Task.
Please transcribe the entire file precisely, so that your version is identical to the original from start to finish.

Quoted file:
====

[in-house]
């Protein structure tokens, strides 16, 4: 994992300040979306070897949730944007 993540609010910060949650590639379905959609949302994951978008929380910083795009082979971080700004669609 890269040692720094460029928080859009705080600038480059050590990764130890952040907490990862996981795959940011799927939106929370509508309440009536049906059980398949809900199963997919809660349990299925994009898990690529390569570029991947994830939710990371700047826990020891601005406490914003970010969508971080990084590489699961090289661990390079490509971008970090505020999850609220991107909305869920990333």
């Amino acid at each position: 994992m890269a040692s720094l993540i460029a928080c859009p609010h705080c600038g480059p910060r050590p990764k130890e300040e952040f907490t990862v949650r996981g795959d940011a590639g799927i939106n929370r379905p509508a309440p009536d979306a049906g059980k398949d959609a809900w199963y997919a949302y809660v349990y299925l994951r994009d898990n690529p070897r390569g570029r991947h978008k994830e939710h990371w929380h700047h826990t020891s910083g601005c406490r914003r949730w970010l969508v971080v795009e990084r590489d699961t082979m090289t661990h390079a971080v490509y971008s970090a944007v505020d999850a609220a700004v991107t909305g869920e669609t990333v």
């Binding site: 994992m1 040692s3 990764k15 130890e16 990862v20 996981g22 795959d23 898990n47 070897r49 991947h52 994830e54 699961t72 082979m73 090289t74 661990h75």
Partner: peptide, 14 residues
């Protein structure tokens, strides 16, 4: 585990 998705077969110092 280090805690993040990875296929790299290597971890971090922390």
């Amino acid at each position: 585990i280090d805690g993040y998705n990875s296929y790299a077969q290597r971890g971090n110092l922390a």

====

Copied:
[in-house]
């Protein structure tokens, strides 16, 4: 994992300040979306070897949730944007 993540609010910060949650590639379905959609949302994951978008929380910083795009082979971080700004669609 890269040692720094460029928080859009705080600038480059050590990764130890952040907490990862996981795959940011799927939106929370509508309440009536049906059980398949809900199963997919809660349990299925994009898990690529390569570029991947994830939710990371700047826990020891601005406490914003970010969508971080990084590489699961090289661990390079490509971008970090505020999850609220991107909305869920990333």
């Amino acid at each position: 994992m890269a040692s720094l993540i460029a928080c859009p609010h705080c600038g480059p910060r050590p990764k130890e300040e952040f907490t990862v949650r996981g795959d940011a590639g799927i939106n929370r379905p509508a309440p009536d979306a049906g059980k398949d959609a809900w199963y997919a949302y809660v349990y299925l994951r994009d898990n690529p070897r390569g570029r991947h978008k994830e939710h990371w929380h700047h826990t020891s910083g601005c406490r914003r949730w970010l969508v971080v795009e990084r590489d699961t082979m090289t661990h390079a971080v490509y971008s970090a944007v505020d999850a609220a700004v991107t909305g869920e669609t990333v």
């Binding site: 994992m1 040692s3 990764k15 130890e16 990862v20 996981g22 795959d23 898990n47 070897r49 991947h52 994830e54 699961t72 082979m73 090289t74 661990h75």
Partner: peptide, 14 residues
């Protein structure tokens, strides 16, 4: 585990 998705077969110092 280090805690993040990875296929790299290597971890971090922390």
């Amino acid at each position: 585990i280090d805690g993040y998705n990875s296929y790299a077969q290597r971890g971090n110092l922390a």